08 October, 2019


Yesterday would have been my grandfather's 110th birthday. As I have written many times, my greatest and most intractable regret is that both my grandfathers died before I was born. By all accounts, they were exceptional human beings and deeply devoted fathers. I miss them, even though I never met them. They touched my life profoundly by being good parents to my parents.

My grandfather in his office at the U.S. Naval Air Station 
in Hutchinson, Kansas, c. 1950s
My dad posted this in 2013 in honor of his father's birthday:

I cannot allow today to pass without honoring my father, Harold Clifford Brown. Today is his birthday, and if he were still living, he would be 104.

My father died in 1975, and although he rarely spoke of his childhood or his career, I have been able to reconstruct much of it. He was just 66 when he died. I was 27, fresh out of graduate school, and had barely finished my first semester at Utica College, my first job - important only in the sense that we never had a chance to be "adults" together. I am diminished by that.

My father was born in 1909 in the very small town of Crossville in southeast Illinois and not far west of the Wabash River. He was abandoned as an infant by his father. Somehow my grandmother ended up in the even smaller town of Naylor in eastern Missouri, barely ten miles north of Arkansas, where she remarried and had three more children. My sense is there was no real attachment between the new husband and my father, and my father may have been the proverbial unwanted stepchild. He never spoke of these things.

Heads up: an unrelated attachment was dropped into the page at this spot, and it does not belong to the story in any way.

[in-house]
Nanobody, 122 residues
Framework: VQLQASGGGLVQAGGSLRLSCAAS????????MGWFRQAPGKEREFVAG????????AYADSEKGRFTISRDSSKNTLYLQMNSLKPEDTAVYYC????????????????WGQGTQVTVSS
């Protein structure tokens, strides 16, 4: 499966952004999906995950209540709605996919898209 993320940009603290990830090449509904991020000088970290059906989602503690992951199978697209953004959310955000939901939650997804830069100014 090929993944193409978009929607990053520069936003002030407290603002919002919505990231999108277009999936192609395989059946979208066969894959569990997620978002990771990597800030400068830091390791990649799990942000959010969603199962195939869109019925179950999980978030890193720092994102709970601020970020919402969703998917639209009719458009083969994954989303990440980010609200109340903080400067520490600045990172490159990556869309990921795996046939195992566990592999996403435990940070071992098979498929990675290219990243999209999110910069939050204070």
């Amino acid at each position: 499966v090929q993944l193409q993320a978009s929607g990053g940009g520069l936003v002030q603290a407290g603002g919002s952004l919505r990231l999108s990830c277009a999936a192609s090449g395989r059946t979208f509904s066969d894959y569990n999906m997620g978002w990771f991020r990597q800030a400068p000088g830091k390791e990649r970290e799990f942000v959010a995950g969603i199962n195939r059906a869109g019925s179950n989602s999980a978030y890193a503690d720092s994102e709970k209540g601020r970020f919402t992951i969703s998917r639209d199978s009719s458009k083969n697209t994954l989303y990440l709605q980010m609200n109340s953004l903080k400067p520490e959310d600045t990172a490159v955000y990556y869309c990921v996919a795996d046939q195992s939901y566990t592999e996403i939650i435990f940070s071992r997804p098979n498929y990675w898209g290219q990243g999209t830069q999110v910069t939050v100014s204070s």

He was schooled and graduated from high school in Naylor. Although he had the opportunity to go to college on a baseball athletic scholarship, he enlisted in the navy in 1927 five months after being graduated from high school. He had signed his papers months earlier but had to wait until he turned 18 in October. Although the Great Depression was a couple of years off, he had grown up very poor. He never had a bicycle, and my mother tells me when she baked him a birthday cake soon after they married, he admitted it was the first birthday cake he had ever had. His family needed money, and he regularly sent half of his pay home to help raise his two half brothers and one half sister.

After basic training, he went to Norfolk for further training as a Machinist Mate and then to New London for submarine school. He reported to Pearl Harbor in 1929 and served there aboard three different submarines, all tiny by today's standards with officers and crew totaling only 30-40 (versus 150 today).

In 1938 he shifted to the surface navy and was assigned to the battleship USS Pennsylvania aboard which he served for two years in Pearl Harbor before returning to the Navy Yard in Norfolk to help "fit out" a brand new ship, the USS Raven, as Engineering Officer. By this time, he had worked his way up from Seaman Apprentice to become a commissioned officer.